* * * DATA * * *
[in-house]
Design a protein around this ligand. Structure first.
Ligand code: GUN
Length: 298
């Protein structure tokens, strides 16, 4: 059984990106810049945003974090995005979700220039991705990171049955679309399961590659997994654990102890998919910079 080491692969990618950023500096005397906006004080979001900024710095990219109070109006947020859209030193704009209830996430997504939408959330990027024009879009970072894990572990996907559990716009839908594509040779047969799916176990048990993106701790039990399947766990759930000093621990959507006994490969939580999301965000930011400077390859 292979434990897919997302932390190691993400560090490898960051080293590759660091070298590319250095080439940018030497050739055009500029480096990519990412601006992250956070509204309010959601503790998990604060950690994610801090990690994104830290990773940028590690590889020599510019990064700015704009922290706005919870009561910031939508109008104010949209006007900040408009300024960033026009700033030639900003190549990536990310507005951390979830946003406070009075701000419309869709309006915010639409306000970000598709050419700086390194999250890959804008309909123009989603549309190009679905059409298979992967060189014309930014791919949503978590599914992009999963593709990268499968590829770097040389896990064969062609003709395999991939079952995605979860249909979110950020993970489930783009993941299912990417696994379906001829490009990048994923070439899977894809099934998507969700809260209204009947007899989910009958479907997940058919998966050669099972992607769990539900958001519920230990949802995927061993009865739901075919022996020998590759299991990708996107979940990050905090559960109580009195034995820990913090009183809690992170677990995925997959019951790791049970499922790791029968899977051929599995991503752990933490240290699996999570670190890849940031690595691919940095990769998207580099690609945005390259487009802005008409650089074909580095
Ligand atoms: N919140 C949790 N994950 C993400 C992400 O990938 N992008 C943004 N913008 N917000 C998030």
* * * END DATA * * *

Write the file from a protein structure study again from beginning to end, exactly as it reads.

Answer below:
[in-house]
Design a protein around this ligand. Structure first.
Ligand code: GUN
Length: 298
């Protein structure tokens, strides 16, 4: 059984990106810049945003974090995005979700220039991705990171049955679309399961590659997994654990102890998919910079 080491692969990618950023500096005397906006004080979001900024710095990219109070109006947020859209030193704009209830996430997504939408959330990027024009879009970072894990572990996907559990716009839908594509040779047969799916176990048990993106701790039990399947766990759930000093621990959507006994490969939580999301965000930011400077390859 292979434990897919997302932390190691993400560090490898960051080293590759660091070298590319250095080439940018030497050739055009500029480096990519990412601006992250956070509204309010959601503790998990604060950690994610801090990690994104830290990773940028590690590889020599510019990064700015704009922290706005919870009561910031939508109008104010949209006007900040408009300024960033026009700033030639900003190549990536990310507005951390979830946003406070009075701000419309869709309006915010639409306000970000598709050419700086390194999250890959804008309909123009989603549309190009679905059409298979992967060189014309930014791919949503978590599914992009999963593709990268499968590829770097040389896990064969062609003709395999991939079952995605979860249909979110950020993970489930783009993941299912990417696994379906001829490009990048994923070439899977894809099934998507969700809260209204009947007899989910009958479907997940058919998966050669099972992607769990539900958001519920230990949802995927061993009865739901075919022996020998590759299991990708996107979940990050905090559960109580009195034995820990913090009183809690992170677990995925997959019951790791049970499922790791029968899977051929599995991503752990933490240290699996999570670190890849940031690595691919940095990769998207580099690609945005390259487009802005008409650089074909580095
Ligand atoms: N919140 C949790 N994950 C993400 C992400 O990938 N992008 C943004 N913008 N917000 C998030």